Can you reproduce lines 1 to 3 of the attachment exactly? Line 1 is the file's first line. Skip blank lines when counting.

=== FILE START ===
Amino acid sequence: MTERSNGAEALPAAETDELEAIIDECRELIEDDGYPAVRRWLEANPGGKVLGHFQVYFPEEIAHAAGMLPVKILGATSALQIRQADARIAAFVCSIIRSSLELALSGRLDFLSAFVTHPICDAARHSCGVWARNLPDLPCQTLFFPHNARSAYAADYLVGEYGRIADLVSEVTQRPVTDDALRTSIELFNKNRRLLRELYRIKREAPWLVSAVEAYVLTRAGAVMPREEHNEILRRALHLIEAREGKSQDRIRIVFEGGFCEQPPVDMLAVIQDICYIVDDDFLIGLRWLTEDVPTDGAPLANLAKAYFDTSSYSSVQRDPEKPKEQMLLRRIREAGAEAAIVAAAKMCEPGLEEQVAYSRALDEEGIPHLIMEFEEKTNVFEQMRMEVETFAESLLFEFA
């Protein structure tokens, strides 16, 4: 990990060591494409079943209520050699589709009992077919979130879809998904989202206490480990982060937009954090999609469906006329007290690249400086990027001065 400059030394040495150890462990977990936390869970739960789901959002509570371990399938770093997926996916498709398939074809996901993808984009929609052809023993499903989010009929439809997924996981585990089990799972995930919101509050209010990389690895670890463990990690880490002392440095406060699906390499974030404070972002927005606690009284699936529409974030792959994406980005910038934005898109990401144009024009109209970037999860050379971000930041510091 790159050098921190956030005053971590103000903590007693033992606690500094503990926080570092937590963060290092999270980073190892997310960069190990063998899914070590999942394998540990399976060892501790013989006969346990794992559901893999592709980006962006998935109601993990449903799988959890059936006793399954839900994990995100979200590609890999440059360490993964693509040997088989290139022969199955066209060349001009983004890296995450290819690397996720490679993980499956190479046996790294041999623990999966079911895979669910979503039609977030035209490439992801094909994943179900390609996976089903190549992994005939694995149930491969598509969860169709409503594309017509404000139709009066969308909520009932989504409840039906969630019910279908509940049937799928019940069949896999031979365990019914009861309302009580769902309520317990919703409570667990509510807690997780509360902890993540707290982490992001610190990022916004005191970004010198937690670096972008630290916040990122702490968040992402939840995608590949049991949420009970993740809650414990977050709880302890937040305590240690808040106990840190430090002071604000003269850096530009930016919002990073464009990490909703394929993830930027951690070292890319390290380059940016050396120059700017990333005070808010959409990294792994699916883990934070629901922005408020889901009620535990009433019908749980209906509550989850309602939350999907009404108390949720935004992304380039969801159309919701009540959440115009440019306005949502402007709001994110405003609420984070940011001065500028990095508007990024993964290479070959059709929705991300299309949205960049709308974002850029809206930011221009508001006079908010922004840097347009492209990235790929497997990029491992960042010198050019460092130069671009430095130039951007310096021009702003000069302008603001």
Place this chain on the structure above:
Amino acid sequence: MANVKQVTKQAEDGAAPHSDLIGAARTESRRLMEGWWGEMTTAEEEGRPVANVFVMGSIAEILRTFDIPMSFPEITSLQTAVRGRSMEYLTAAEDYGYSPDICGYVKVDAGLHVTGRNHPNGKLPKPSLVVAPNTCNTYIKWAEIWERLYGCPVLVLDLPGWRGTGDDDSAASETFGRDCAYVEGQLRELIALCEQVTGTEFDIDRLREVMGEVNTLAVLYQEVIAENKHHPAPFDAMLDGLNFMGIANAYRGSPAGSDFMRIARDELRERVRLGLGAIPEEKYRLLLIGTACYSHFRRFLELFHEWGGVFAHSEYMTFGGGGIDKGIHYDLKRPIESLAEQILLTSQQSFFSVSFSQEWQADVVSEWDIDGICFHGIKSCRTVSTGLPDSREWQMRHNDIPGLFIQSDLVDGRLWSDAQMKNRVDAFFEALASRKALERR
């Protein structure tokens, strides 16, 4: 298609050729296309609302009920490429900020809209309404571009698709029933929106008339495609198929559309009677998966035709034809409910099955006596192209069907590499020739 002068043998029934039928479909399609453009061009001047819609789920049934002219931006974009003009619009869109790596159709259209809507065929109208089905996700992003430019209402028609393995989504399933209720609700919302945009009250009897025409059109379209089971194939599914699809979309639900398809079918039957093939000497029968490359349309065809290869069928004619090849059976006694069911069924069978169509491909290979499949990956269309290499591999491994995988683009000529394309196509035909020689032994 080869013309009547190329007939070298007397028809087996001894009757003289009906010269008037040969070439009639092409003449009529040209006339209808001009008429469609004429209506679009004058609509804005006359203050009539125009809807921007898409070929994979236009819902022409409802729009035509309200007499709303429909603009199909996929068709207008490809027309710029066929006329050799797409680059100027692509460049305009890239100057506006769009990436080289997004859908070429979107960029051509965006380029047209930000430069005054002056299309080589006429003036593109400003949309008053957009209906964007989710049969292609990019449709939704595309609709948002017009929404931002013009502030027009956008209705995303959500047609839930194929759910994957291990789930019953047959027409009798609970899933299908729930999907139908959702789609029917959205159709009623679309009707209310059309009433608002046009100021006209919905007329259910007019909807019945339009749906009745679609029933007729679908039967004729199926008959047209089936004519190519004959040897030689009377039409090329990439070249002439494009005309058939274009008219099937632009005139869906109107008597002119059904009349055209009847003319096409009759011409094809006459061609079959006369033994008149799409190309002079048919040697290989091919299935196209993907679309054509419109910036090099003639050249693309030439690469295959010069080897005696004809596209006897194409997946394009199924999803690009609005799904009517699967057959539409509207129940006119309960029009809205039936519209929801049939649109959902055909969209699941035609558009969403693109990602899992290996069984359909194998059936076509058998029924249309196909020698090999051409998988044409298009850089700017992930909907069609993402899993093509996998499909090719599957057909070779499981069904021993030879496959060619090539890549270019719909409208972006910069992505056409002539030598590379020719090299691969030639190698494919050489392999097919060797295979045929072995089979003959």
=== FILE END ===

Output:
Amino acid sequence: MTERSNGAEALPAAETDELEAIIDECRELIEDDGYPAVRRWLEANPGGKVLGHFQVYFPEEIAHAAGMLPVKILGATSALQIRQADARIAAFVCSIIRSSLELALSGRLDFLSAFVTHPICDAARHSCGVWARNLPDLPCQTLFFPHNARSAYAADYLVGEYGRIADLVSEVTQRPVTDDALRTSIELFNKNRRLLRELYRIKREAPWLVSAVEAYVLTRAGAVMPREEHNEILRRALHLIEAREGKSQDRIRIVFEGGFCEQPPVDMLAVIQDICYIVDDDFLIGLRWLTEDVPTDGAPLANLAKAYFDTSSYSSVQRDPEKPKEQMLLRRIREAGAEAAIVAAAKMCEPGLEEQVAYSRALDEEGIPHLIMEFEEKTNVFEQMRMEVETFAESLLFEFA
């Protein structure tokens, strides 16, 4: 990990060591494409079943209520050699589709009992077919979130879809998904989202206490480990982060937009954090999609469906006329007290690249400086990027001065 400059030394040495150890462990977990936390869970739960789901959002509570371990399938770093997926996916498709398939074809996901993808984009929609052809023993499903989010009929439809997924996981585990089990799972995930919101509050209010990389690895670890463990990690880490002392440095406060699906390499974030404070972002927005606690009284699936529409974030792959994406980005910038934005898109990401144009024009109209970037999860050379971000930041510091 790159050098921190956030005053971590103000903590007693033992606690500094503990926080570092937590963060290092999270980073190892997310960069190990063998899914070590999942394998540990399976060892501790013989006969346990794992559901893999592709980006962006998935109601993990449903799988959890059936006793399954839900994990995100979200590609890999440059360490993964693509040997088989290139022969199955066209060349001009983004890296995450290819690397996720490679993980499956190479046996790294041999623990999966079911895979669910979503039609977030035209490439992801094909994943179900390609996976089903190549992994005939694995149930491969598509969860169709409503594309017509404000139709009066969308909520009932989504409840039906969630019910279908509940049937799928019940069949896999031979365990019914009861309302009580769902309520317990919703409570667990509510807690997780509360902890993540707290982490992001610190990022916004005191970004010198937690670096972008630290916040990122702490968040992402939840995608590949049991949420009970993740809650414990977050709880302890937040305590240690808040106990840190430090002071604000003269850096530009930016919002990073464009990490909703394929993830930027951690070292890319390290380059940016050396120059700017990333005070808010959409990294792994699916883990934070629901922005408020889901009620535990009433019908749980209906509550989850309602939350999907009404108390949720935004992304380039969801159309919701009540959440115009440019306005949502402007709001994110405003609420984070940011001065500028990095508007990024993964290479070959059709929705991300299309949205960049709308974002850029809206930011221009508001006079908010922004840097347009492209990235790929497997990029491992960042010198050019460092130069671009430095130039951007310096021009702003000069302008603001």
Place this chain on the structure above: